And I shall remain its son;

Like I said, that bunch consists of Ukrainians with an identity crisis. 
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« Reply #159 on: October 18, 2009, 01:02:21 PM »

Fr. Dmitri Sidor would.  So would the Greek Catholics of the Mukachevo/Uzhorod region.  Aleksander Duchnovic certainly called himself one.  Your are familiar with the Rusyn anthem Ja Rusyn Byl he penned:

I was, am and will remain Rusyn,
  I was born a Rusyn,
My honorable lineage I will not forget,
  And I shall remain its son;

Like I said, that bunch consists of Ukrainians with an identity crisis. 

Now you're arguing in a circular manner.  You asked for ONE citizen of Ukraine who self-identified himself as a Rusyn.  Deacon Lance provided an answer along with documentation.  Your prior argument hinged on the fact that only people from Pittsburgh identify themselves as Carpatho-Rusyns and that no one in the civil state of Ukraine does so. 

Apparently there are a few people who do and who are you, as an American citizen, to tell anyone 1/3 of the way around the globe who they are?  The claim of self-identity is one of the most basic of human rights. 
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« Reply #160 on: October 18, 2009, 07:31:25 PM »

Fr. Dmitri Sidor would.  So would the Greek Catholics of the Mukachevo/Uzhorod region.  Aleksander Duchnovic certainly called himself one.  Your are familiar with the Rusyn anthem Ja Rusyn Byl he penned:

I was, am and will remain Rusyn,
  I was born a Rusyn,
My honorable lineage I will not forget,
  And I shall remain its son;

Like I said, that bunch consists of Ukrainians with an identity crisis. 

Now you're arguing in a circular manner.  You asked for ONE citizen of Ukraine who self-identified himself as a Rusyn.  Deacon Lance provided an answer along with documentation.  Your prior argument hinged on the fact that only people from Pittsburgh identify themselves as Carpatho-Rusyns and that no one in the civil state of Ukraine does so.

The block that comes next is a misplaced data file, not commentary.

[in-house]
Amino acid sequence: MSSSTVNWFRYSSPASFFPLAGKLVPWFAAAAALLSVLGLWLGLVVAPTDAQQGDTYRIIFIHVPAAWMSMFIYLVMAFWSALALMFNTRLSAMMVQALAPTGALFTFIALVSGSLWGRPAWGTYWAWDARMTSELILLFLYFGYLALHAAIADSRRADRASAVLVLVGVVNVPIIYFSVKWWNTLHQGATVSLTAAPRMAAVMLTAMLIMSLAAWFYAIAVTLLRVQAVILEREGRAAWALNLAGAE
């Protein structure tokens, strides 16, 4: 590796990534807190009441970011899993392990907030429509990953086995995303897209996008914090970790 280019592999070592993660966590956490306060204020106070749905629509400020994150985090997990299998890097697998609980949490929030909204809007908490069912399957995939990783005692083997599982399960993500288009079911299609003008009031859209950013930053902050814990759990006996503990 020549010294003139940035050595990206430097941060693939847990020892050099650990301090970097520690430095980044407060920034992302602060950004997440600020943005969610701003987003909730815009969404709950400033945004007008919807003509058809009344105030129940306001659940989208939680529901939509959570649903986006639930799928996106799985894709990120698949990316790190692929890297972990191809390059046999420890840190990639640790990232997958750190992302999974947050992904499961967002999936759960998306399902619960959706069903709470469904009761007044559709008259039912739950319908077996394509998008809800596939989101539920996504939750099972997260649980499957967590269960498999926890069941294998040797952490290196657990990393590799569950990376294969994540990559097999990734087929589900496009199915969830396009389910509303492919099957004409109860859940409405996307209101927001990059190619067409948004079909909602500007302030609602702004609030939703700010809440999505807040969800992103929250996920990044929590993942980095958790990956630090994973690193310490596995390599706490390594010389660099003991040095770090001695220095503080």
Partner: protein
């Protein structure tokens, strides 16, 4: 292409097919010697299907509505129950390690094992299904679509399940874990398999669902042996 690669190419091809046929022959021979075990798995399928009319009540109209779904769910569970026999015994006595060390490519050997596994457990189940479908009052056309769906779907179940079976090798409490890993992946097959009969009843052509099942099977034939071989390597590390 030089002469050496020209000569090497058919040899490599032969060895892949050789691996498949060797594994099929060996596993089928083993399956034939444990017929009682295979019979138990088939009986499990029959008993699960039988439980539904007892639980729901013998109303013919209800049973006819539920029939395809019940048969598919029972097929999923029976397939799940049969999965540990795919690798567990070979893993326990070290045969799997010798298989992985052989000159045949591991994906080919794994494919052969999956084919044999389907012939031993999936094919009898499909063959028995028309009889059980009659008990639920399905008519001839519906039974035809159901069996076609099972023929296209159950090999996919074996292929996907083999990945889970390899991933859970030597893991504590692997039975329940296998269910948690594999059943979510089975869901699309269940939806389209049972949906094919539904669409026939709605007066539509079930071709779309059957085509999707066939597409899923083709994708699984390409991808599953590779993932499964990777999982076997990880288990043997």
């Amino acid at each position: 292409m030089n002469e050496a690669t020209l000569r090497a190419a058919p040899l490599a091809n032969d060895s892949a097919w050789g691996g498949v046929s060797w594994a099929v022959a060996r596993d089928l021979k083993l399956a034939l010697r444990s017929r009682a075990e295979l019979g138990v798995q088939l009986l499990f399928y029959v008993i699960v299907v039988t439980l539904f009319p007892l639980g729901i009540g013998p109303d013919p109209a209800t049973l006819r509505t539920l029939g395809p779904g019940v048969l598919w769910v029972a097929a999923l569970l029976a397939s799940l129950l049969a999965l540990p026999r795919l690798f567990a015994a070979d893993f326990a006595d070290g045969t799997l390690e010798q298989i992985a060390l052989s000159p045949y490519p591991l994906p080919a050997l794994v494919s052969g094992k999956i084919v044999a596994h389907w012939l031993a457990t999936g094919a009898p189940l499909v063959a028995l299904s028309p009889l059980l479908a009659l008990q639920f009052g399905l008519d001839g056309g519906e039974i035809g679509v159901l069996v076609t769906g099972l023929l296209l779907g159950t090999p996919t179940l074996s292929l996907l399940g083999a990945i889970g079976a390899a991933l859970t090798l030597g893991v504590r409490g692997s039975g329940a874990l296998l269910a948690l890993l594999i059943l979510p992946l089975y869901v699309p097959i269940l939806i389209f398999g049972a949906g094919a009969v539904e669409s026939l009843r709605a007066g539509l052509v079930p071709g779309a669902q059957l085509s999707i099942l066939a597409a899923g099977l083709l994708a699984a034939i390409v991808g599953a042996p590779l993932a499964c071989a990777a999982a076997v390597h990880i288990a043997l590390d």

Apparently there are a few people who do and who are you, as an American citizen, to tell anyone 1/3 of the way around the globe who they are?  The claim of self-identity is one of the most basic of human rights. 

Basic human rights are food, water, shelter and possibly oil.  Everything else is a luxury.
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« Reply #161 on: October 18, 2009, 07:38:19 PM »

Fr. Dmitri Sidor would.  So would the Greek Catholics of the Mukachevo/Uzhorod region.  Aleksander Duchnovic certainly called himself one.  Your are familiar with the Rusyn anthem Ja Rusyn Byl he penned:

I was, am and will remain Rusyn,
  I was born a Rusyn,
My honorable lineage I will not forget,
  And I shall remain its son;

Like I said, that bunch consists of Ukrainians with an identity crisis. 

Now you're arguing in a circular manner.  You asked for ONE citizen of Ukraine who self-identified himself as a Rusyn.  Deacon Lance provided an answer along with documentation.  Your prior argument hinged on the fact that only people from Pittsburgh identify themselves as Carpatho-Rusyns and that no one in the civil state of Ukraine does so. 

Apparently there are a few people who do and who are you, as an American citizen, to tell anyone 1/3 of the way around the globe who they are?  The claim of self-identity is one of the most basic of human rights. 

No one is getting the thinly veiled Pittsburgh reference (no not directed at the Ruthenian Greek/Byzantine Catholic Metropolia).  Also I am sure there are webpages on the internet where different individuals believe they are werewolves.  However just because they believe they are werewolves doesn't make werewolves exist. 
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« Reply #162 on: October 18, 2009, 08:19:39 PM »

Fr. Dmitri Sidor would.  So would the Greek Catholics of the Mukachevo/Uzhorod region.  Aleksander Duchnovic certainly called himself one.  Your are familiar with the Rusyn anthem Ja Rusyn Byl he penned:

I was, am and will remain Rusyn,
  I was born a Rusyn,
My honorable lineage I will not forget,
  And I shall remain its son;

Like I said, that bunch consists of Ukrainians with an identity crisis. 

Now you're arguing in a circular manner.  You asked for ONE citizen of Ukraine who self-identified himself as a Rusyn.  Deacon Lance provided an answer along with documentation.  Your prior argument hinged on the fact that only people from Pittsburgh identify themselves as Carpatho-Rusyns and that no one in the civil state of Ukraine does so. 

Apparently there are a few people who do and who are you, as an American citizen, to tell anyone 1/3 of the way around the globe who they are?  The claim of self-identity is one of the most basic of human rights.